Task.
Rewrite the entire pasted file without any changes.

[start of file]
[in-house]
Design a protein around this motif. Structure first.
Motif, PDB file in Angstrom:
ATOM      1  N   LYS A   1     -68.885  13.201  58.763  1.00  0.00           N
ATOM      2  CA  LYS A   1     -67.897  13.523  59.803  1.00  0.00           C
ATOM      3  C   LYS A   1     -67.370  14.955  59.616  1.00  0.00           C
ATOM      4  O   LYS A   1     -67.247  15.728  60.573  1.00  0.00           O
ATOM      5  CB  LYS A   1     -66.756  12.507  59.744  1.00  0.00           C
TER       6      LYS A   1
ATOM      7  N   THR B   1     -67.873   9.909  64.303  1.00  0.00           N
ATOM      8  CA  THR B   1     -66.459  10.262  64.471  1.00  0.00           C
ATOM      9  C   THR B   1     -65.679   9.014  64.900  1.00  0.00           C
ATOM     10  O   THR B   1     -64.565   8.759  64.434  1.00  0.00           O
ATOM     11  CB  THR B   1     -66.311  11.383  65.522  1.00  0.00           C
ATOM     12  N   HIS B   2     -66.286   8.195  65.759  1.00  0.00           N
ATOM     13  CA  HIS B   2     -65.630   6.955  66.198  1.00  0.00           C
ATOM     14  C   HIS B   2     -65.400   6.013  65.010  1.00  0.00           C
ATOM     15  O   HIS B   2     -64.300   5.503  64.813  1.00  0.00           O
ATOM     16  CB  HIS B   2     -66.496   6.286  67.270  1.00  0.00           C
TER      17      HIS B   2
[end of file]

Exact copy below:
[in-house]
Design a protein around this motif. Structure first.
Motif, PDB file in Angstrom:
ATOM      1  N   LYS A   1     -68.885  13.201  58.763  1.00  0.00           N
ATOM      2  CA  LYS A   1     -67.897  13.523  59.803  1.00  0.00           C
ATOM      3  C   LYS A   1     -67.370  14.955  59.616  1.00  0.00           C
ATOM      4  O   LYS A   1     -67.247  15.728  60.573  1.00  0.00           O
ATOM      5  CB  LYS A   1     -66.756  12.507  59.744  1.00  0.00           C
TER       6      LYS A   1
ATOM      7  N   THR B   1     -67.873   9.909  64.303  1.00  0.00           N
ATOM      8  CA  THR B   1     -66.459  10.262  64.471  1.00  0.00           C
ATOM      9  C   THR B   1     -65.679   9.014  64.900  1.00  0.00           C
ATOM     10  O   THR B   1     -64.565   8.759  64.434  1.00  0.00           O
ATOM     11  CB  THR B   1     -66.311  11.383  65.522  1.00  0.00           C
ATOM     12  N   HIS B   2     -66.286   8.195  65.759  1.00  0.00           N
ATOM     13  CA  HIS B   2     -65.630   6.955  66.198  1.00  0.00           C
ATOM     14  C   HIS B   2     -65.400   6.013  65.010  1.00  0.00           C
ATOM     15  O   HIS B   2     -64.300   5.503  64.813  1.00  0.00           O
ATOM     16  CB  HIS B   2     -66.496   6.286  67.270  1.00  0.00           C
TER      17      HIS B   2